I very nearly didn’t write this column, given some of the recent partisan acrimony over web voices who would never utter a word regarding the Obama administration being wrong about anything or acknowledge that a Republican could ever have a good idea, but I refuse to play that game. While there has been precious little to praise the President over on the domestic front, when he does something right I like to point it out. (Similar to when I praised him for his positions on taxing U.S. corporations’ foreign investments, free trade and his stance on U.S. – Israeli diplomacy.) Another such opportunity arose this week when we learned that the President was going to shelve the “Star Wars” missile shield defense plans in Poland and the Czech Republic.
I’ve been opposed to these plans since George W. Bush was talking about them during his term, and my reasons boil down to a few points which I believe are still just as valid today.
The technology is still far from proven, and may indeed be little more than an expensive boondoggle. For every report you produce by the experts saying we can pull this off I’ll find you another one from both military and technology experts saying that, when crunch time comes, the odds of knocking down missiles in flight in this fashion are still dodgy at best.
The cost is huge, both in cash and political capital. We’ve already dumped massive amounts of money into an essentially unproven system which simultaneously pokes a pointless stick into the side of other members of the global community.
Such a “shield” represents a cold war mentality view of the world, which has morphed quite a bit since the hottest days of the cold war.
The President’s more hawkish detractors are quick to chew on this bone, labeling it “appeasement” to the Russians and every other scary phrase which could be dredged out of the kitchen sink. We’ve supposedly thrown our Eastern European allies under the bus and left them to the less than tender mercies of the frightening Russian Bear. The double standards required to pose such a point are staggering, and really predate the cold war.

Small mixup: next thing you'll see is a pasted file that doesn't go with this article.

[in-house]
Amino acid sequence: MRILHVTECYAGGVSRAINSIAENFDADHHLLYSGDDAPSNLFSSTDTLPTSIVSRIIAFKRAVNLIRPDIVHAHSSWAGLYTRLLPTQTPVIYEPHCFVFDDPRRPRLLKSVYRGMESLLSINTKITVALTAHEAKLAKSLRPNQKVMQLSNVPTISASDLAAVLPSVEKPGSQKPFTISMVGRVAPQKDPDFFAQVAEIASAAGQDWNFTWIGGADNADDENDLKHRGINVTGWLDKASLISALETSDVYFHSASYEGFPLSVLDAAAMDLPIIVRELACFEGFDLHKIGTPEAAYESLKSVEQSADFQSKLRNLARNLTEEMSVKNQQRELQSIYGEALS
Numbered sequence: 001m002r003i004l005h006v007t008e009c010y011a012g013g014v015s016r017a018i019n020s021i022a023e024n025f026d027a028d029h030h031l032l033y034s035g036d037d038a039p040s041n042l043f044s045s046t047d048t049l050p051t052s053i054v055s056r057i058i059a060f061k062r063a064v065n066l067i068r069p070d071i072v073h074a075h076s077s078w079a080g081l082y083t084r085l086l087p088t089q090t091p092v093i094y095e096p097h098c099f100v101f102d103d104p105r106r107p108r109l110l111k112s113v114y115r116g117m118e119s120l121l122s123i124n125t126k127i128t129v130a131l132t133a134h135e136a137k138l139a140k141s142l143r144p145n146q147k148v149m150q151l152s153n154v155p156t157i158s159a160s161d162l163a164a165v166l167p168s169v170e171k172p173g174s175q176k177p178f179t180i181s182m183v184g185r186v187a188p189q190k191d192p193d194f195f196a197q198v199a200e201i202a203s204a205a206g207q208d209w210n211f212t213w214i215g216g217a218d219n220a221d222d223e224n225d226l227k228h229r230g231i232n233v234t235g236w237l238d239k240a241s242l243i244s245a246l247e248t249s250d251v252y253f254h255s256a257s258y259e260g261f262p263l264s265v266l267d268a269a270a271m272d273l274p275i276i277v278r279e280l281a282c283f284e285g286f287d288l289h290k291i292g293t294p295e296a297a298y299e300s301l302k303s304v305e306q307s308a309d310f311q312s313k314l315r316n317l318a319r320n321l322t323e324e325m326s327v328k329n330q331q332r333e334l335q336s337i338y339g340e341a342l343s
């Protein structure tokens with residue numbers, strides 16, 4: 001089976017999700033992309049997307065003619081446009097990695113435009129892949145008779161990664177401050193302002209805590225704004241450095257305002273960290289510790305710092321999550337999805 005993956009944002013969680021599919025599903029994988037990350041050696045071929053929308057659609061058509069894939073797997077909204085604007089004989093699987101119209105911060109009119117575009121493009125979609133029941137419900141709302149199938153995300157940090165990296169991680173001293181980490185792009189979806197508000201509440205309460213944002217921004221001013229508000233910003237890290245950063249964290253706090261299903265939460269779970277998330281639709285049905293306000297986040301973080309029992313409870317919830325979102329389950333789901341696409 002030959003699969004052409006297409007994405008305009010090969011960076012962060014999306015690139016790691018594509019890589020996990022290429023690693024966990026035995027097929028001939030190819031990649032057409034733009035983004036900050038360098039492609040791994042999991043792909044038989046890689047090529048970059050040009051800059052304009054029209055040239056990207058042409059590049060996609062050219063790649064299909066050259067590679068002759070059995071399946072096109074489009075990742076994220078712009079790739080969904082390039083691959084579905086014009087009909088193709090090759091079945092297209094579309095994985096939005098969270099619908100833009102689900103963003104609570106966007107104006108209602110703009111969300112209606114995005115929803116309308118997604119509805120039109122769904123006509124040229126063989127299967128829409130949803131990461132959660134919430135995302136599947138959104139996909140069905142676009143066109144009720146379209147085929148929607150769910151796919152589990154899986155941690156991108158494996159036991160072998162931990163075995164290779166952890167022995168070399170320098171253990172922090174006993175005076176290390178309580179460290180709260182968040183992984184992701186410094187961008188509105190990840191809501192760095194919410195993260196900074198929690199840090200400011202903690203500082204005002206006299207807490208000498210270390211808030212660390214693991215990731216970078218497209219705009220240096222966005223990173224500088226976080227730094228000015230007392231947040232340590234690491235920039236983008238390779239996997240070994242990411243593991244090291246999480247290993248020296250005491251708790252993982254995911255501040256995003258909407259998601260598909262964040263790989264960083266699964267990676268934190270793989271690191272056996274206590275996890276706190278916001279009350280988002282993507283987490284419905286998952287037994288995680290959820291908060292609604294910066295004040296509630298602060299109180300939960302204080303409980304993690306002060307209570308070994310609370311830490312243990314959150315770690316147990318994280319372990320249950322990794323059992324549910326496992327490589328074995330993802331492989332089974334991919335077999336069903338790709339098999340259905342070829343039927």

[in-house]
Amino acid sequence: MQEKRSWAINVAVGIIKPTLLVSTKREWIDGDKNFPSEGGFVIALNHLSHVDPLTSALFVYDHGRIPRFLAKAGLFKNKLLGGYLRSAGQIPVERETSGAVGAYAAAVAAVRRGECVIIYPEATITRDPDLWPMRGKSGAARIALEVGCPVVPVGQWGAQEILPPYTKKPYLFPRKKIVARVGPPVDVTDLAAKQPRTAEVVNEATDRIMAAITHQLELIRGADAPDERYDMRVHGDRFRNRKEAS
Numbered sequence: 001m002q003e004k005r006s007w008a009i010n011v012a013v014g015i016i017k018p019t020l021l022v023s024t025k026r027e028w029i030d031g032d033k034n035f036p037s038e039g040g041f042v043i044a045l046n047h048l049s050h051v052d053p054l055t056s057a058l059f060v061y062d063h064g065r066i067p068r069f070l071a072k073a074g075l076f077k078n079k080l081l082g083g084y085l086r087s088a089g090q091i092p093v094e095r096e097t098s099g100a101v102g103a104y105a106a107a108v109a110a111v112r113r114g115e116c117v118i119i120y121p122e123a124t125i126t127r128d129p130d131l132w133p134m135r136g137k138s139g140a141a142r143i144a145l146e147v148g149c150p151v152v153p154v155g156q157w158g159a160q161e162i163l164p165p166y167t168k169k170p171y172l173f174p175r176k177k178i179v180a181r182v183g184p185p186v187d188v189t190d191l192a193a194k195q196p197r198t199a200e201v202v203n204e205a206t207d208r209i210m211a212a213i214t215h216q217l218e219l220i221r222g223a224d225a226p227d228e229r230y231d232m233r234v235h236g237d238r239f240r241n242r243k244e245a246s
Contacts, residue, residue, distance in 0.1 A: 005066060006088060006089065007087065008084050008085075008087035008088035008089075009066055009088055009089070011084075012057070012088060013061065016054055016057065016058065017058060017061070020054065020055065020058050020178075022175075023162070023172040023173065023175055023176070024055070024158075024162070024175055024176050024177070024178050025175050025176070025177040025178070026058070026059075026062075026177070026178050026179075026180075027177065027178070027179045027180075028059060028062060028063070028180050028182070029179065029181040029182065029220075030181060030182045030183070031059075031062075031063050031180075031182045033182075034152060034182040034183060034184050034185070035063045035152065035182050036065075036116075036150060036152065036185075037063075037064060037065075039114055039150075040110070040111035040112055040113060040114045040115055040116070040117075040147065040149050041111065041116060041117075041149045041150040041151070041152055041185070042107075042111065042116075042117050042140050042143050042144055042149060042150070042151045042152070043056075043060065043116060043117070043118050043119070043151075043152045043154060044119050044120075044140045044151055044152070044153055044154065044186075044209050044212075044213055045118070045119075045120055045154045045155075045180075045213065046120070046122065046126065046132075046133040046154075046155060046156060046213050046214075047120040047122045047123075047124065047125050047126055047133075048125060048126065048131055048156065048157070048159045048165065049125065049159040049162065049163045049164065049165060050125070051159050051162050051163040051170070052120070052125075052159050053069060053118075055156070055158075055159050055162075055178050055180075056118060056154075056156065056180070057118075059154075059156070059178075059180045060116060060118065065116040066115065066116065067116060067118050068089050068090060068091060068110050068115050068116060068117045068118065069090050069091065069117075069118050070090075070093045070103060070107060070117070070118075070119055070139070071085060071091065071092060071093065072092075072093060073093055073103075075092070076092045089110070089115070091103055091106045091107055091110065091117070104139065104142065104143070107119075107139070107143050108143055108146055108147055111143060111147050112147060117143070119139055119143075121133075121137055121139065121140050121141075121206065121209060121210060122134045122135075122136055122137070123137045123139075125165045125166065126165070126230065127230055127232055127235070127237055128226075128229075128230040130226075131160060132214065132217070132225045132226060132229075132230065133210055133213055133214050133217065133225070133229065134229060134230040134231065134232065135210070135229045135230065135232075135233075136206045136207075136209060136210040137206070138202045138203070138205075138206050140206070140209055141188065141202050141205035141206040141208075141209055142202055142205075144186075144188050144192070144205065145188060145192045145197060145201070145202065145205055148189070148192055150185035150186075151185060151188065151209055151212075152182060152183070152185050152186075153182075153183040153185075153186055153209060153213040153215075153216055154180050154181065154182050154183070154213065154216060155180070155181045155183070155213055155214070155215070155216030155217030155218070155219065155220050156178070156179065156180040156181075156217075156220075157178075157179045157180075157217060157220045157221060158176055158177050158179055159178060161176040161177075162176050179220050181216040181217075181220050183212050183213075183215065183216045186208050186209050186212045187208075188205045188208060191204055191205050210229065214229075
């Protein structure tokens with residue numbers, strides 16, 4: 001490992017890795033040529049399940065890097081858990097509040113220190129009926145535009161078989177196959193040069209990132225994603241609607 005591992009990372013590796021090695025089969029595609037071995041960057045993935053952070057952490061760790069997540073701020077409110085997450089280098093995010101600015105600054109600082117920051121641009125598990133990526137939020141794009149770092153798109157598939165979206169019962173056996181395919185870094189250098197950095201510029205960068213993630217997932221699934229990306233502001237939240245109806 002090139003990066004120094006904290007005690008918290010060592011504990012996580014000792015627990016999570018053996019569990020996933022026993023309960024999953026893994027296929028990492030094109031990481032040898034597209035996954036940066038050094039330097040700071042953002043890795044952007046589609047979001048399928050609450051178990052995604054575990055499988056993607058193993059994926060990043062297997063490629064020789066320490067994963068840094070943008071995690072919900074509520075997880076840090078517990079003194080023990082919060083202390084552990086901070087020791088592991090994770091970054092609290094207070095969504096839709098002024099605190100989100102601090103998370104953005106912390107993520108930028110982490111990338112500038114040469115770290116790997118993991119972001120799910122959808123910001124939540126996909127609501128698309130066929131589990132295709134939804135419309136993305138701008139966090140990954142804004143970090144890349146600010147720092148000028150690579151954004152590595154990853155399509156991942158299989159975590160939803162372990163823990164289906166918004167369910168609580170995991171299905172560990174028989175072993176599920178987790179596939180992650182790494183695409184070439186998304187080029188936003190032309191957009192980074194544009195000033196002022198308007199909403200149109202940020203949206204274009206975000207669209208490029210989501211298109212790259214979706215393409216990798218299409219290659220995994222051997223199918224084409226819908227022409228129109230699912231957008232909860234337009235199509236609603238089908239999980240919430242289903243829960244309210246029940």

We should throw an elbow in the eye of the Russians and toss some missile systems in their back yard even when they object, eh? I wonder how we would react if they wanted to put missile systems in Cuba or Venezuela today? Oh… that’s right. We already know how we would react.
By trading the loyalty of Poland and the Czech Republic to satisfy Russia’s security concerns, the United States is signalling that it no longer contests Moscow’s right to assert its interests in Eastern Europe.
Oh really? Should we be so quick to “contest Moscow’s right to assert its interests in Eastern Europe?” And I suppose the Times of London would be equally quick to criticize us if we try to ensure our ability to “assert our interests in South America and Cuba?”
As much as some of my hawkish friends might wish it to be so, Russia isn’t going away any time soon. And they have no interest in our posing as the only bully left on the playground. This is a big, complicated world and there are other powerful players on the board with their own diplomatic and security interests to bear in mind. Much of the animosity we seem to draw overseas comes from this overbearing attitude and we don’t need a return to confrontational, “our way or the highway” diplomacy.
Congratulations, President Obama. It was a tough call to make in a country still rife with fears and security concerns, many of which are clearly justified but often overblown to panic proportions. But you stood up and made the right call on this one, and for that, I congratulate you. Well done, sir.